A disc from the Mac OS AnthologyFrom an archived copy of the Apple website we also know the sale price: 199 USD, and just 149 for those ADC members who ordered a copy before May 14. In 2000 the price was discounted to just 99 dollars.

Volumes 5 and 6 were devoted to Mac OS 8.6, just introduced at the aforementioned 1999 WWDC so the contents of the DVDs, which by the way are not bootable, at the end of the year became as follows:

Disc 1: 7.0, 7.0.1, 7.1, 7.1.1, 7.1.2, 7.5, 7.5.3, 7.5.5 Update, 7.6.1, OS 8.0
— Disc 2: OS 8 (continued), OS 8.1
— Disc 3: OS 8.1 (continued)
— Disc 4: OS 8.1 (continued), OS 8.5, OS 8.5.1
— Disc 5: OS 8.6
— Disc 6: OS 8.6 (continued)

The two Mac OS Anthology boxsetsLater, in February of 2000 Apple offered to ADC developers two more volumes for Mac OS 9 (in 15 languages) collecting the other four in a new, second boxset labeled “2000 edition”.

After that, in 2001, the Mac OS Anthology again grew to include two more DVDs. These were to be the last additions, featuring Mac OS 9.0.4, 9.1 and the first Mac OS X and brought the grand total to 10 discs.

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Images taken from the Apple website and from www.junewon.com

Saturday 02 April 2011, 7:54 am
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It’s just OS X

Filed under: Software

At the World Wide Developer Conference of 2008 Apple made a small but significant move in the naming of its operating systems, removing the “Mac” prefix from Mac OS X. In its promotional material at the annual developers’ gathering Apple referred to the iPhone’s OS as “OS X iPhone” and to Mac OS X 10.5 as “OS X Leopard”.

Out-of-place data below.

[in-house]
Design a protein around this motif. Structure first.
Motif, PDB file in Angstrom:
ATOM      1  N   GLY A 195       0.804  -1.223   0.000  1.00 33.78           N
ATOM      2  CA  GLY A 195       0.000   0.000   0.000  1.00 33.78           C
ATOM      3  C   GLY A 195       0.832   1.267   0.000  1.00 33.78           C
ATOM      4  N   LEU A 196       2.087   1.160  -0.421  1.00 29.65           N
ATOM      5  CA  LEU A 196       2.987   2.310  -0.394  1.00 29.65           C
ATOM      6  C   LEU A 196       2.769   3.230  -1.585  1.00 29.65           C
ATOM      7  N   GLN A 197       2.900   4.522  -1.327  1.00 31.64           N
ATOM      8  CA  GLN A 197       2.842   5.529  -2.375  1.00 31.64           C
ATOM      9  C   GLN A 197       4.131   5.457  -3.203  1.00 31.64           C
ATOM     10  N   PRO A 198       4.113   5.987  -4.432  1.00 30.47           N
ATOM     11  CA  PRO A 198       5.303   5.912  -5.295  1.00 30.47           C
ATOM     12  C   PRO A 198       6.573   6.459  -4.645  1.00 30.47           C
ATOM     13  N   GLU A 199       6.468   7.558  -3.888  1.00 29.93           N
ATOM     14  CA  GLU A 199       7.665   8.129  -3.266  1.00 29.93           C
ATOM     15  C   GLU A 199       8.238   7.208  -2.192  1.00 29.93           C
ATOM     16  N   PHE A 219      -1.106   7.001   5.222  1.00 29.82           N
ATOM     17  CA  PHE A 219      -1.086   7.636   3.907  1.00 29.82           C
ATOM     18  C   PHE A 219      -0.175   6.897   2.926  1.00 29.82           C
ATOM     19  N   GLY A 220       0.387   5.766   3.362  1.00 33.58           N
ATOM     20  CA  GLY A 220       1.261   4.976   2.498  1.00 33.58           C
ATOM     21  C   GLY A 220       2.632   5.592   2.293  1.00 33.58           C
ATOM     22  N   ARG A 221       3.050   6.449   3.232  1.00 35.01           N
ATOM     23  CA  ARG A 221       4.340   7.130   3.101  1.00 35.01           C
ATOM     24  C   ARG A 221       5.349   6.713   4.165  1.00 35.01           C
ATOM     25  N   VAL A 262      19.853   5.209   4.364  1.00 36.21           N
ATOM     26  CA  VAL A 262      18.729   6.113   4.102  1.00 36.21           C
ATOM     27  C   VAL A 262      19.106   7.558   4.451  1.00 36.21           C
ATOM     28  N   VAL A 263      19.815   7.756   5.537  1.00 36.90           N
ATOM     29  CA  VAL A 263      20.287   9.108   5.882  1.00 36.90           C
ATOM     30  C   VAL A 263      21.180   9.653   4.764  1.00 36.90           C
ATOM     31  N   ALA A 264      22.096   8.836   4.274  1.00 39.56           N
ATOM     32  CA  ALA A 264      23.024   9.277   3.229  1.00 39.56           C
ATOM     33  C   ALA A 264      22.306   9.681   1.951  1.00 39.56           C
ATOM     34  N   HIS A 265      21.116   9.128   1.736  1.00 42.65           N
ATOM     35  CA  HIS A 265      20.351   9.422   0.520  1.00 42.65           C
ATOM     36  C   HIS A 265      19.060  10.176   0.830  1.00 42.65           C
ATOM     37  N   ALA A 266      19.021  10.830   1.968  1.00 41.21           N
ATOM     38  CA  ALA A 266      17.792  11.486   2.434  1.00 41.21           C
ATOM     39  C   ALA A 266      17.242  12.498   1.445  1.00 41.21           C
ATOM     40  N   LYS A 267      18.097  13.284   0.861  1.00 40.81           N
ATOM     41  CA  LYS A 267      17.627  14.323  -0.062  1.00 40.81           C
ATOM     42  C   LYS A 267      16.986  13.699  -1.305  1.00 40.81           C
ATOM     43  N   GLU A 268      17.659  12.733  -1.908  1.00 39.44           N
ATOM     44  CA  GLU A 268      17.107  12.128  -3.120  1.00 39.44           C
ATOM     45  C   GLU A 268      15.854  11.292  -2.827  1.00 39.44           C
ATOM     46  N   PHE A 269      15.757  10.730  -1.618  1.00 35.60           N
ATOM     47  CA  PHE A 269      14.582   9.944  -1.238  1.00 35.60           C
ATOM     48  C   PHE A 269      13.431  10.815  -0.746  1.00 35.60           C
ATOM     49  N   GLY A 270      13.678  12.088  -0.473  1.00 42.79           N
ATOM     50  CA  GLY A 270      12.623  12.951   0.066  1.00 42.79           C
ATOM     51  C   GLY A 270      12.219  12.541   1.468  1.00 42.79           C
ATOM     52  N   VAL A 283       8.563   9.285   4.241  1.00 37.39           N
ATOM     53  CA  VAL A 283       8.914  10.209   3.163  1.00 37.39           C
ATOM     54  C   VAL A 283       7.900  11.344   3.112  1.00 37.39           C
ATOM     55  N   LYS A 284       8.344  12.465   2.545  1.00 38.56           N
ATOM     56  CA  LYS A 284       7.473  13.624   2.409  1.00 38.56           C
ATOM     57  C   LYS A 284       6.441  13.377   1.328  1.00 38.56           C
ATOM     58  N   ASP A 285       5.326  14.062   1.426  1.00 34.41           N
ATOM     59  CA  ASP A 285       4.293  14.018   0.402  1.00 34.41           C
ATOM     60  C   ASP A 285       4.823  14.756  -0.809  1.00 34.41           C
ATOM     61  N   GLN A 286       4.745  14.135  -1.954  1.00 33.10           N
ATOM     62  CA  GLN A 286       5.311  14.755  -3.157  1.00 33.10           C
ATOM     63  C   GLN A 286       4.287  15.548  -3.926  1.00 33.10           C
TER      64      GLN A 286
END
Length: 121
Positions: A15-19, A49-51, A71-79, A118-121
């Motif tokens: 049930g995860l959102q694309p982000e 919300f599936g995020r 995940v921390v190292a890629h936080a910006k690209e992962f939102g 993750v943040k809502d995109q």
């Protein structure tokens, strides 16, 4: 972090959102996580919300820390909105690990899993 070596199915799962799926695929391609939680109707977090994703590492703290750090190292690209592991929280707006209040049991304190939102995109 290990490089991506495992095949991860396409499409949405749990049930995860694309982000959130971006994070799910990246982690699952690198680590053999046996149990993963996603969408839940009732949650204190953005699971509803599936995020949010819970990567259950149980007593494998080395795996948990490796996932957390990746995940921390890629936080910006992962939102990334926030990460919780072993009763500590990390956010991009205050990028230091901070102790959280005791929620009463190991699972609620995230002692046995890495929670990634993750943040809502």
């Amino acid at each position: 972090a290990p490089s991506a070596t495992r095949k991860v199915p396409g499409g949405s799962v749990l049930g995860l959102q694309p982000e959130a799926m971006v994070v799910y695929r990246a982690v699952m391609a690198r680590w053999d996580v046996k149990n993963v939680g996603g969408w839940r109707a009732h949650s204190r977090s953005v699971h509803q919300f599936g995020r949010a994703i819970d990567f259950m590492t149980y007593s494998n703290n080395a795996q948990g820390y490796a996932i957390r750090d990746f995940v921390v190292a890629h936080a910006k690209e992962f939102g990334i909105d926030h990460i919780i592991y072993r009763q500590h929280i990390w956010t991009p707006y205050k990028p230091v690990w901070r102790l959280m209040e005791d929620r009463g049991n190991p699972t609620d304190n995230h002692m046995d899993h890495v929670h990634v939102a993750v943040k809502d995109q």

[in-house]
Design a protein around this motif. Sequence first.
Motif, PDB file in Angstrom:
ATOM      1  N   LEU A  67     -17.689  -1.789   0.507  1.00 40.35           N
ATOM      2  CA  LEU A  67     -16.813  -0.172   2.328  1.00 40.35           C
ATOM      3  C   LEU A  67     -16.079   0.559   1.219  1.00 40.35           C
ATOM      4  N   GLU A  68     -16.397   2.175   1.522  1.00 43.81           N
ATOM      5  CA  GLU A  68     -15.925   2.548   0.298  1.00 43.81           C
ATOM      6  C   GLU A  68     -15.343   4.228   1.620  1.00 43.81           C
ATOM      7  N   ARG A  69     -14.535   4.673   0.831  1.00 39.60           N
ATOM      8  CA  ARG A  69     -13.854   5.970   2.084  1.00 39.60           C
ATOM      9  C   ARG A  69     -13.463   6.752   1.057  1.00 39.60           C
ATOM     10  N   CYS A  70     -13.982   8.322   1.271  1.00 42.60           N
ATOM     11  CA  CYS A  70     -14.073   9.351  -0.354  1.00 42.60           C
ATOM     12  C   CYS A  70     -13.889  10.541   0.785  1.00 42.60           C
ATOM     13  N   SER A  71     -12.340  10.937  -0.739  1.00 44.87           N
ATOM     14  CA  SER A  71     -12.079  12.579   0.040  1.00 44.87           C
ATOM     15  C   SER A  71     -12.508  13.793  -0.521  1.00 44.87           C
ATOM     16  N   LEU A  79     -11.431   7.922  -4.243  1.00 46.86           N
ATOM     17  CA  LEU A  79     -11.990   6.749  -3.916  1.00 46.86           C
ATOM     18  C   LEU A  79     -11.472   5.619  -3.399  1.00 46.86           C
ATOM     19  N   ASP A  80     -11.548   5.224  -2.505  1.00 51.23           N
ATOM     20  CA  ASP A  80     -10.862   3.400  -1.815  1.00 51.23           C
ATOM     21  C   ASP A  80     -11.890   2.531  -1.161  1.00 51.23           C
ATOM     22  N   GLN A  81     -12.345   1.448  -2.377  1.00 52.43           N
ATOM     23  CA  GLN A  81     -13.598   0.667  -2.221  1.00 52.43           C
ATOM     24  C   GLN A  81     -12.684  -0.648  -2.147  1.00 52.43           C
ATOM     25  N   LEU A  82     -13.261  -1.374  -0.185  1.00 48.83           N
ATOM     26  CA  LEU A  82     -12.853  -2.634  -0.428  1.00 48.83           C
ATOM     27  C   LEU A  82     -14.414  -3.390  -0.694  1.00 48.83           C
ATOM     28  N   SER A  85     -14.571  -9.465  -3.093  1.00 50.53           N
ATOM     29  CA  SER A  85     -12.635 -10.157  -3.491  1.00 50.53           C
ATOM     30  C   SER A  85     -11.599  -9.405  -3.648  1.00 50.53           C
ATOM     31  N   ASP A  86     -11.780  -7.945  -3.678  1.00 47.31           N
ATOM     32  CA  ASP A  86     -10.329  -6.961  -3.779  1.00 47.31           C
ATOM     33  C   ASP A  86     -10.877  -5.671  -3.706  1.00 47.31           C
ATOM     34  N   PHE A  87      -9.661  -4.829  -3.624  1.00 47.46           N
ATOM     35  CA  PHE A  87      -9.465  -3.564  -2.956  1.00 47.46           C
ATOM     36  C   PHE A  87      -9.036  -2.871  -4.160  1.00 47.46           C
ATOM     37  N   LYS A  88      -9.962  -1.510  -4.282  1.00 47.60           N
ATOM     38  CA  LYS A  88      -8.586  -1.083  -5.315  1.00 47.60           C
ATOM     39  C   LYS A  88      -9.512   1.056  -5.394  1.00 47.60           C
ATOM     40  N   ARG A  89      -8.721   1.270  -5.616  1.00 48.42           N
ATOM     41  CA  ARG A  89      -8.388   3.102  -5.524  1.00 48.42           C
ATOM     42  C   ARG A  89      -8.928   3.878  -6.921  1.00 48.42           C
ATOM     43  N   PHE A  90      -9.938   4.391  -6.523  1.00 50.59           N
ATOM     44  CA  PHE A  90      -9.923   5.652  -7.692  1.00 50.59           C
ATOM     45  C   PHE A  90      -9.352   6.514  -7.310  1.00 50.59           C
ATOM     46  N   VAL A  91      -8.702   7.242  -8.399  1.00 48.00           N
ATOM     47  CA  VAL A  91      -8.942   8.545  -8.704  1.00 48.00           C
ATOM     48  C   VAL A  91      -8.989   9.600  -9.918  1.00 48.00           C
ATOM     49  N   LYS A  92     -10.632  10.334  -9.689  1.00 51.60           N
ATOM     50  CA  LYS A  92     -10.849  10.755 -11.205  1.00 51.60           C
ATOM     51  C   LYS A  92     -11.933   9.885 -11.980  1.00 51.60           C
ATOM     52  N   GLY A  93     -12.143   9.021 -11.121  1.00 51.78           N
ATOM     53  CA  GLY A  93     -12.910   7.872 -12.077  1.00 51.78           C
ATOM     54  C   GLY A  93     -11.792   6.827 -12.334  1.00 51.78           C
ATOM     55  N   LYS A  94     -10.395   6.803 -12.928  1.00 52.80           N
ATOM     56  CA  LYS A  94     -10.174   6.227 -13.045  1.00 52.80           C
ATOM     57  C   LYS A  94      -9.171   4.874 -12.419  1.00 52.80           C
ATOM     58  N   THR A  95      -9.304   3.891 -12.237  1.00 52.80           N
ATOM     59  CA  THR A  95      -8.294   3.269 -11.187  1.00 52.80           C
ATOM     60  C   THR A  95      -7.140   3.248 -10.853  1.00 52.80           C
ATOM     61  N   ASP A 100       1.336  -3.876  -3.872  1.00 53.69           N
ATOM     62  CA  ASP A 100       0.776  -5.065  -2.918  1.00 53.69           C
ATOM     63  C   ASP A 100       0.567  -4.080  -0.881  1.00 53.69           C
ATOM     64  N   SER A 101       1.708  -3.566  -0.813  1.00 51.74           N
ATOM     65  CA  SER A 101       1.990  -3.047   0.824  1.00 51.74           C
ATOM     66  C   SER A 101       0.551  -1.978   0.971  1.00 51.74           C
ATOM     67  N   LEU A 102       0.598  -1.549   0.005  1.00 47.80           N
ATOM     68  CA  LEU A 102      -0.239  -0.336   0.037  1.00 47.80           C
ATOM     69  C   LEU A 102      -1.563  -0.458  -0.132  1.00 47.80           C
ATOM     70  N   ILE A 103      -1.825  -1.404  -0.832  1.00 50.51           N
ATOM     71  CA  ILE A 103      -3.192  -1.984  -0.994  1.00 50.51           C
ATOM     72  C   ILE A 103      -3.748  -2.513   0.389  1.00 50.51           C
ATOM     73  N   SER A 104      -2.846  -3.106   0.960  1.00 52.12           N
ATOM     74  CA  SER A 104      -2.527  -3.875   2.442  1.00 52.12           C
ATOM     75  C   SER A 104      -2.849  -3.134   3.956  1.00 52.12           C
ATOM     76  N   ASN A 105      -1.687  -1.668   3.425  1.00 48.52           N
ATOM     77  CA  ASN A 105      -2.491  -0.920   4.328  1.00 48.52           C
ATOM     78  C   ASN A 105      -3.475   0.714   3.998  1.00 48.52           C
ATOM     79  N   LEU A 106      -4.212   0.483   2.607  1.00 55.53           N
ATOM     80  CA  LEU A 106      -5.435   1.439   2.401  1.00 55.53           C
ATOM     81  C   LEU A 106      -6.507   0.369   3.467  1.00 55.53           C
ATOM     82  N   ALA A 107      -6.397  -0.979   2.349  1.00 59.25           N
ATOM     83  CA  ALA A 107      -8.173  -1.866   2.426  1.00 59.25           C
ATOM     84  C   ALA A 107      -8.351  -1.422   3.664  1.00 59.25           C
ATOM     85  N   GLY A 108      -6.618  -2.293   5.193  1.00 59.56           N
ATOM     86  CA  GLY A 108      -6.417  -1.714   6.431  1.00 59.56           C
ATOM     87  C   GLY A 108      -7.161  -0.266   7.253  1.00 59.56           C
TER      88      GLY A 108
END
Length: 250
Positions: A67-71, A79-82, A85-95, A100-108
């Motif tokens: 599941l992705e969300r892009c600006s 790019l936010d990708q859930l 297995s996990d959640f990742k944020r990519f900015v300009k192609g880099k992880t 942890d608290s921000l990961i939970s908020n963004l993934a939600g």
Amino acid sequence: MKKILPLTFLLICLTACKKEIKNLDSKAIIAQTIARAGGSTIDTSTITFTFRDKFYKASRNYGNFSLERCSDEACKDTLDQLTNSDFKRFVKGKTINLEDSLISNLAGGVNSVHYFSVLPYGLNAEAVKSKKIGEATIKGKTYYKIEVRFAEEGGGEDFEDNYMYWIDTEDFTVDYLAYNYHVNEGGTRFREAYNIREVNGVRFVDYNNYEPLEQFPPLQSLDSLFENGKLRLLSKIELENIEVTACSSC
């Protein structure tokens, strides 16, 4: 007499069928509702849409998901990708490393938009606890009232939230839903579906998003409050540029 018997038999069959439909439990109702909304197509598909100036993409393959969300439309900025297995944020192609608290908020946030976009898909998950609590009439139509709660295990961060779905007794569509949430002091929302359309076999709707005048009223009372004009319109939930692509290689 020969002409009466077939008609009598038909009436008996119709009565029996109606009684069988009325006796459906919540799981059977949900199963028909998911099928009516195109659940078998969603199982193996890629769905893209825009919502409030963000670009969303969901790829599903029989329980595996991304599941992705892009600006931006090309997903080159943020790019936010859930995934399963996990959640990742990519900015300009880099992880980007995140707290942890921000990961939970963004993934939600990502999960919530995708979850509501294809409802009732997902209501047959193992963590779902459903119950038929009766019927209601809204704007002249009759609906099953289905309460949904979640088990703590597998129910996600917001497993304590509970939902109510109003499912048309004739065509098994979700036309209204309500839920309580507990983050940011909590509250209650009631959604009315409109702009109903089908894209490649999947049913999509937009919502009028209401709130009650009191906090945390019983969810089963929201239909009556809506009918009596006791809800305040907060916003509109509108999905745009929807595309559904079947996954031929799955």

The change was pretty much evident if one took a look at pictures of WWDC banners from 2006 and 2007

WWDC 2006 bannerWWDC 2007 banner

and compared them to the new 2008 ones featuring both the Mac and iPhone operating systems

WWDC 2008 - Ground Floor and Registration

This was clearly done to unify the branding since the OS was now running on a wide gamut of devices that included not only desktops and portables but also mobiles and the Apple TV set-top.

The change was also evident in a press release in May referring to the Developers’ Conference.

Altough the title “Apple Executives to Showcase Mac OS X Leopard and OS X iPhone Development Platforms at WWDC 2008 Keynote” still featured a distinction in the following text one could read

This year’s WWDC will showcase two revolutionary development platforms, the ground-breaking innovations of OS X Leopard® and OS X iPhone™, the world’s most advanced mobile operating system.

and also

WWDC 2008 will offer over 150 information-rich sessions and labs where Apple engineers will go in-depth on the innovative technologies that power OS X iPhone and OS X Leopard.

On the other hand the footer stating that:

Today, Apple continues to lead the industry in innovation with its award-winning computers, OS X operating system and iLife and professional applications.

had been already Mac-less at least since the 7th July of 2004.

Sunday 13 December 2009, 8:57 am
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The other new features of Mac OS 9

The most touted feature of Mac OS 9 was the new Sherlock 2 but there were lots of other new features, mostly related to the development and coming of the NeXT generation operating system, Mac OS X.

Mac OS 9 had multiple users, Voiceprint password, Keychain, automatic updating, encryption, Internet File Sharing, Internet AppleScript, and Network Browser. Many of these were direct equivalents of Mac OS X features which were concurrently developed or even backported.

The reason was of course to make the Mac OS more powerful and more modern but also to ease the transition to OS X, which at the time was believed to start in less than an year

Image taken from Toastytech.com

Monday 26 October 2009, 6:53 am